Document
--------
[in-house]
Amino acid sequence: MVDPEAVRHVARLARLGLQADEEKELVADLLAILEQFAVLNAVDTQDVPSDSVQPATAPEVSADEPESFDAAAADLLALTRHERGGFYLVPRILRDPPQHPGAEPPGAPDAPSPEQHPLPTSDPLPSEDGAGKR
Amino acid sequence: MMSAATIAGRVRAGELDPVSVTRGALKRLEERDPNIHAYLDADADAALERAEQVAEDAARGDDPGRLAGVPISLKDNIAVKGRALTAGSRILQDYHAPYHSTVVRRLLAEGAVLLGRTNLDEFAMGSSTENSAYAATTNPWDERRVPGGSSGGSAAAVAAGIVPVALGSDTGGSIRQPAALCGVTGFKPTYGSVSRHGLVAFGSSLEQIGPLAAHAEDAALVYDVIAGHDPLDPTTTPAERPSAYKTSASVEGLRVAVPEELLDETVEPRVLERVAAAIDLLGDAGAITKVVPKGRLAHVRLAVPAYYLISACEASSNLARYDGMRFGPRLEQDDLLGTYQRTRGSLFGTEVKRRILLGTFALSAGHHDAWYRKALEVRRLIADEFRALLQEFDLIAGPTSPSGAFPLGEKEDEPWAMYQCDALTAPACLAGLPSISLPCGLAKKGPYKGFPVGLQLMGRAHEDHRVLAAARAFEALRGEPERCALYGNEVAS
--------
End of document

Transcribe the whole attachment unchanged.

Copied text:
[in-house]
Amino acid sequence: MVDPEAVRHVARLARLGLQADEEKELVADLLAILEQFAVLNAVDTQDVPSDSVQPATAPEVSADEPESFDAAAADLLALTRHERGGFYLVPRILRDPPQHPGAEPPGAPDAPSPEQHPLPTSDPLPSEDGAGKR
Amino acid sequence: MMSAATIAGRVRAGELDPVSVTRGALKRLEERDPNIHAYLDADADAALERAEQVAEDAARGDDPGRLAGVPISLKDNIAVKGRALTAGSRILQDYHAPYHSTVVRRLLAEGAVLLGRTNLDEFAMGSSTENSAYAATTNPWDERRVPGGSSGGSAAAVAAGIVPVALGSDTGGSIRQPAALCGVTGFKPTYGSVSRHGLVAFGSSLEQIGPLAAHAEDAALVYDVIAGHDPLDPTTTPAERPSAYKTSASVEGLRVAVPEELLDETVEPRVLERVAAAIDLLGDAGAITKVVPKGRLAHVRLAVPAYYLISACEASSNLARYDGMRFGPRLEQDDLLGTYQRTRGSLFGTEVKRRILLGTFALSAGHHDAWYRKALEVRRLIADEFRALLQEFDLIAGPTSPSGAFPLGEKEDEPWAMYQCDALTAPACLAGLPSISLPCGLAKKGPYKGFPVGLQLMGRAHEDHRVLAAARAFEALRGEPERCALYGNEVAS